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ChromaKelly

This Is Our Social & Cultural Issues Thread

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I thought it might be a good idea to make a thread for the social and cultural issues that run through This Is Us. Namely, race, adoption, weight, parenting... whatever else I'm not thinking of right now.
I am basically Rebecca. I am white, have biological twins and an adoptive black son. So, yeah a lot of the issues in the show are ones I relate to. I am very interested to see what they get right, if they fall into typical TV adoption tropes, etc.

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Great topic, by the way.

One thing that they haven't gone into to deeply (yet) are the issues that Kate faces in society.  Yes, she's insecure and she is dealing with her own issues around her body, we haven't seen THAT much about how she deals with reactions from the world.  Yes, she got the stares at the Hollywood party (although she and Toby WERE showing off their moves on a what looked like a non-existent dance floor, so....) and the reaction she had at the pool as a child (which even that was not cut and dried about her weight--yes, it probably played a role, but it was also clear that Kate had some social issues going on).

Part of this may be because Kate has probably lived a very sheltered life.  I'm going to go out on a limb here and say I don't think she had to interview for her job as Kevin's assistant and I'm pretty sure that her resume is pretty short.  I think this is why I had a hard time "buying" Josie offering her a job.  Josie's shop looked as though it didn't exactly cater to clientele like Kate and, this is sad but true, I think that retail business owners are going to hire staff to whom their customers can relate*.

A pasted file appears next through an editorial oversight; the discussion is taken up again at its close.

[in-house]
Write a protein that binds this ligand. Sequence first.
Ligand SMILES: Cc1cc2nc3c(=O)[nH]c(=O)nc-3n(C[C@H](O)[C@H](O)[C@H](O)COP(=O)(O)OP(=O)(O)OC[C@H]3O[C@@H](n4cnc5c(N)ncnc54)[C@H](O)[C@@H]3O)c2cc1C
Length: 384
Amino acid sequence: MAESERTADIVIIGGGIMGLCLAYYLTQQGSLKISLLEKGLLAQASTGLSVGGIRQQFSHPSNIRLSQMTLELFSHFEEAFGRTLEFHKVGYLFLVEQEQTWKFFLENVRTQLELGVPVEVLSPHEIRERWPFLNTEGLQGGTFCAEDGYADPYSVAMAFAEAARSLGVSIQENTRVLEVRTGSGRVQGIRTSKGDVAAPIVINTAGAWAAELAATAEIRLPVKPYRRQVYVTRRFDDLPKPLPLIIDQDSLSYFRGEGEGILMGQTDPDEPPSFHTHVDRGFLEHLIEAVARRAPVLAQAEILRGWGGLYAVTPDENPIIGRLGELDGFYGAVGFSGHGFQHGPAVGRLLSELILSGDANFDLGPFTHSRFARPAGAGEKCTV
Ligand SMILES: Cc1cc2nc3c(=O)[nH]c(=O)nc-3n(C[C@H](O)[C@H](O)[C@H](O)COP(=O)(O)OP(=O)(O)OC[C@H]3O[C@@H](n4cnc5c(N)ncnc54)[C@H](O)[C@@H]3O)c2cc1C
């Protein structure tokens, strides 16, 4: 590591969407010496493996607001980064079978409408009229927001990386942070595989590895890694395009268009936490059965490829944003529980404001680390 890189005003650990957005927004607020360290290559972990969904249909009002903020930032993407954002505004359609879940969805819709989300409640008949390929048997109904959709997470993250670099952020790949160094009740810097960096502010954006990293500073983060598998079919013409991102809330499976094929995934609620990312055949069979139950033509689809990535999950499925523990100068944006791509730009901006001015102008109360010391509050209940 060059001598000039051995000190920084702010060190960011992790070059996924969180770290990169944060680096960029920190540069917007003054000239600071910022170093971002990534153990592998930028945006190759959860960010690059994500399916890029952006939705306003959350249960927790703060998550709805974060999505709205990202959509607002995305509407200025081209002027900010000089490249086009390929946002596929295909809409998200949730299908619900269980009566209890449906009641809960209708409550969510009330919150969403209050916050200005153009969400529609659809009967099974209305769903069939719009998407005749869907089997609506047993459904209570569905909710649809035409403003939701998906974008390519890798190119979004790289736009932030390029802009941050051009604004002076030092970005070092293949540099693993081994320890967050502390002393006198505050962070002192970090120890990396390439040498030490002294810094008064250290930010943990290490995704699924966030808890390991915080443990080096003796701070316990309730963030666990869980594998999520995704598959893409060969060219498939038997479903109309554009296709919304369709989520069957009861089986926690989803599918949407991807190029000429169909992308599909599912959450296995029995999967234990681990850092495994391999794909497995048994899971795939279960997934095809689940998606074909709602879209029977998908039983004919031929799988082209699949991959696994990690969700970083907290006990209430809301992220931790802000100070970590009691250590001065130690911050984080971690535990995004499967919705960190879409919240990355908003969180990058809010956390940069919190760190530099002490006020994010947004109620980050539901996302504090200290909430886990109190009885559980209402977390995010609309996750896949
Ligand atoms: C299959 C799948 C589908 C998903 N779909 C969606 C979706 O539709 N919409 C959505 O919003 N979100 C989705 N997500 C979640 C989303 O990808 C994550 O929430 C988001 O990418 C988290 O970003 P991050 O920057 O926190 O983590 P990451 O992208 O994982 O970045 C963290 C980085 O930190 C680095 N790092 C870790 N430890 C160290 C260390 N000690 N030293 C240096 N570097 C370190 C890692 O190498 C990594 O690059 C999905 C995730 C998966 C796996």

I'm not faulting the show here...I think they are doing a good job of dealing with Kate's internal issues about her weight.  However, at some point I think they are going to have to get out of Kate's head and into the world.

*This makes me think that Josie may have had another reason to hire Kate?

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Regarding Yvette's attitude to Rebecca at the pool:  If I were Yvette, the tone would have been more like "I don't mean to pry, but..."  Rebecca would have taken that much better.  I mean, I won't go up to an adoptive mom with an Asian child and ask if the kid has had any exposure to his/her heritage (or maybe too much exposure...some adoptive parents do that and it looks strange to those of us who were born here, but have at least one Asian parent).

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18 minutes ago, OtterMommy said:

Part of this may be because Kate has probably lived a very sheltered life.  I'm going to go out on a limb here and say I don't think she had to interview for her job as Kevin's assistant and I'm pretty sure that her resume is pretty short.  I think this is why I had a hard time "buying" Josie offering her a job.  Josie's shop looked as though it didn't exactly cater to clientele like Kate and, this is sad but true, I think that retail business owners are going to hire staff to whom their customers can relate*.

It will be interesting to see what she may have been doing in her twenties.  Is she a college grad?  What happened before Kevin needed an assistant, she must have worked elsewhere for some years.  The agent said the biggest thing he had done before The Manny was a 3 episode arc on some show, and he was on his hit show for 3 years?  So that success might not have come until his/their early 30s.  She probably did other work before he could afford to pay her.  It was pretty unrealistic for her to be hired basically on the spot, no resume, no background check, unless we just didn't see that.  I would think it would be a little harder for a heavy woman to get a job just like that in an apparently trendy L.A. shop.